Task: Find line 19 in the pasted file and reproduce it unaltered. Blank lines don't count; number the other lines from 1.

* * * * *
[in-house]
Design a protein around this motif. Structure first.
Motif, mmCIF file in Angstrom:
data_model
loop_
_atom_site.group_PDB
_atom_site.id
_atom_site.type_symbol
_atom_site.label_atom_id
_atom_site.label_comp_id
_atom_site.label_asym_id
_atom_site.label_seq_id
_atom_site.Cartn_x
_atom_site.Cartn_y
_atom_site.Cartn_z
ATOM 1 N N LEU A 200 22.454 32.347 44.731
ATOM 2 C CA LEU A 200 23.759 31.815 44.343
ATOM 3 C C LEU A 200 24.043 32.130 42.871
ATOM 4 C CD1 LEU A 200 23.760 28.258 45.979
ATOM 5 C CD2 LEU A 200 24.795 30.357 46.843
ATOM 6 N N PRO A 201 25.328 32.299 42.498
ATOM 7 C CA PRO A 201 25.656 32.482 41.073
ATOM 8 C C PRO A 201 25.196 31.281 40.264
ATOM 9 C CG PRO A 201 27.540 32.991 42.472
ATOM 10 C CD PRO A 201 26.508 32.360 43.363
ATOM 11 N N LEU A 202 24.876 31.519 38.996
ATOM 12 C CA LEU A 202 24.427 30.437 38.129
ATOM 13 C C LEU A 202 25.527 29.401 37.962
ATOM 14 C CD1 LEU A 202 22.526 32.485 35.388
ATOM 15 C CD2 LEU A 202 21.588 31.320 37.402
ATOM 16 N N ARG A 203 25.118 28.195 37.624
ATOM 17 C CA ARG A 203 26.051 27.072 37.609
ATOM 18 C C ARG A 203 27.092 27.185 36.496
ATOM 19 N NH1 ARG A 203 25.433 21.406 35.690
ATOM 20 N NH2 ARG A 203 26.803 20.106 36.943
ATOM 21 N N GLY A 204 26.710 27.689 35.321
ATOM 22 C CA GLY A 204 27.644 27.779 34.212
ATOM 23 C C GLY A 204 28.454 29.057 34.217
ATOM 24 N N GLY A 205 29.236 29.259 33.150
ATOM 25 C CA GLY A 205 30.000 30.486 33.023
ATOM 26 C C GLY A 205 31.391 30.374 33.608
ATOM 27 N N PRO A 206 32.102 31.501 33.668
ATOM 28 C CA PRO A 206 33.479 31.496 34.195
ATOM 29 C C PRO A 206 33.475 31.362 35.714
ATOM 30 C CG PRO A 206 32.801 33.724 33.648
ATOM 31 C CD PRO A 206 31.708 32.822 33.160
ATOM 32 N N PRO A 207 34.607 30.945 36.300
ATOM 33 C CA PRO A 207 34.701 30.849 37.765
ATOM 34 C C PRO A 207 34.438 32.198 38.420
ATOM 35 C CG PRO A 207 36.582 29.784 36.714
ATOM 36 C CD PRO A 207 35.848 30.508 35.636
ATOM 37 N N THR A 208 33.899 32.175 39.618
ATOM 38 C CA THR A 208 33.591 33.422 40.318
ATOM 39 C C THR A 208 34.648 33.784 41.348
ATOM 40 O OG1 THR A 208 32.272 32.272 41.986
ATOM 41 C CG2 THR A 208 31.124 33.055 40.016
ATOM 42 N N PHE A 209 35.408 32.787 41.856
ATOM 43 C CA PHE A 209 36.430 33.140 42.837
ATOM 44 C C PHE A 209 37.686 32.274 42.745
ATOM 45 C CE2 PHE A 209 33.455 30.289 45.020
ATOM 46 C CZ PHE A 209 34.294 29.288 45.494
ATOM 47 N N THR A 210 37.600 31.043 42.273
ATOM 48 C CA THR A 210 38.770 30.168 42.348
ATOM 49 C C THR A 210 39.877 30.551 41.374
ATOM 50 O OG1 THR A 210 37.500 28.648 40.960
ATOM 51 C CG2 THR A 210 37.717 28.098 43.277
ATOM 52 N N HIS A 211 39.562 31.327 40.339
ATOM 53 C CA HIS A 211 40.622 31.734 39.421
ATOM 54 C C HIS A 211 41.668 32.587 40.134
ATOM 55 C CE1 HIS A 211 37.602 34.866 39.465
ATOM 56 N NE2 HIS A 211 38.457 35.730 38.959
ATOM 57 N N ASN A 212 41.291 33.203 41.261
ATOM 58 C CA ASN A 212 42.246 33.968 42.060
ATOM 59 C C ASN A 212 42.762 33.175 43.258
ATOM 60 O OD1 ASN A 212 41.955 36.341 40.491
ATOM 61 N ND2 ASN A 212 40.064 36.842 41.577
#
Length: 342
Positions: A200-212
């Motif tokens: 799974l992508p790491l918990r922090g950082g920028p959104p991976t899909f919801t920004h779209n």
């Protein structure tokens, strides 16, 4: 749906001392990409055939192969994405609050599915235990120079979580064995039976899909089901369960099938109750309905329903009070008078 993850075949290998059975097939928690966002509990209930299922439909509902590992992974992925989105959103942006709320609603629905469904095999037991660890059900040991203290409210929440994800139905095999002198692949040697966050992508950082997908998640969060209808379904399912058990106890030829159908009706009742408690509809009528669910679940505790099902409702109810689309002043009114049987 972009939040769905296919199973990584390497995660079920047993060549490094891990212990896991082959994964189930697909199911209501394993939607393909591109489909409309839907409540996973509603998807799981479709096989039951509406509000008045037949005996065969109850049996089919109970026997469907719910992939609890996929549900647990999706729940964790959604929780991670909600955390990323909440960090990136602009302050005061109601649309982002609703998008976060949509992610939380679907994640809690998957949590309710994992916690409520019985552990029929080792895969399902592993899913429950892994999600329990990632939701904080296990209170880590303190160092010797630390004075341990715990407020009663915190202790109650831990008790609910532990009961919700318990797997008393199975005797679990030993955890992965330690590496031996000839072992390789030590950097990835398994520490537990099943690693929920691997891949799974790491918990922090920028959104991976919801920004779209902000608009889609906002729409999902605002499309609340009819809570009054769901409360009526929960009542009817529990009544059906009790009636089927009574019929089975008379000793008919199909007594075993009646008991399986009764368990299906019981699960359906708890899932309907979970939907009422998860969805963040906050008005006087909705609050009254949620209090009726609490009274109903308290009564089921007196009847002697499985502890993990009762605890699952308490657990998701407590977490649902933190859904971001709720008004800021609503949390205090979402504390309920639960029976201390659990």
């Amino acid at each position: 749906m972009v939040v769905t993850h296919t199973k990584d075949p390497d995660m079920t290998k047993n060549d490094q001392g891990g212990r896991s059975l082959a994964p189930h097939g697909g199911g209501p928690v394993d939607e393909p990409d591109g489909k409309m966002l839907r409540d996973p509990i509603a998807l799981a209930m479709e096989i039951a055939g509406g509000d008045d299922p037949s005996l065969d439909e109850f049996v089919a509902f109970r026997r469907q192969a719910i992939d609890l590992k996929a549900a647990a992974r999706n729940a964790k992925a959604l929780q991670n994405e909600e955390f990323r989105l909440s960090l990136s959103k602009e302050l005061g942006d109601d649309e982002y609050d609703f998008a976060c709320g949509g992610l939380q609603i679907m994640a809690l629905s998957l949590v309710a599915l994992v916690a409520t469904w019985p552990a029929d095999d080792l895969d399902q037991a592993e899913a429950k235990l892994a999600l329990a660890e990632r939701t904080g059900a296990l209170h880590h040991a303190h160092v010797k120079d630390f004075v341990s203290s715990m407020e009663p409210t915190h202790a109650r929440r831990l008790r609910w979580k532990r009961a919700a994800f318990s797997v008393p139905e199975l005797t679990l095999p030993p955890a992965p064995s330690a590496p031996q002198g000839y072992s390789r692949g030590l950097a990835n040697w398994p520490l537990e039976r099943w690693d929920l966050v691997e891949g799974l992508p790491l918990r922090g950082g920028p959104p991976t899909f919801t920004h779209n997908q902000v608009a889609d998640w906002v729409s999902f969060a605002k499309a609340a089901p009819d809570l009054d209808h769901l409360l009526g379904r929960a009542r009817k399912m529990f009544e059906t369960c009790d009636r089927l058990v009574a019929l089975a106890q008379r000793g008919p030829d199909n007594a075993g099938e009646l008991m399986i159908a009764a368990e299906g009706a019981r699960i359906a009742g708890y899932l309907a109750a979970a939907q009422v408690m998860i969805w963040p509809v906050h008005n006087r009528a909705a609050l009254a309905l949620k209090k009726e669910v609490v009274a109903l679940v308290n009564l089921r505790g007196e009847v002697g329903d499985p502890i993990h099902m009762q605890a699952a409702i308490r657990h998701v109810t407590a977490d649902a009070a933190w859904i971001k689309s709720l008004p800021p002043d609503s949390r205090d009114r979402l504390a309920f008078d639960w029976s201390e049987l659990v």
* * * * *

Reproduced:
ATOM 4 C CD1 LEU A 200 23.760 28.258 45.979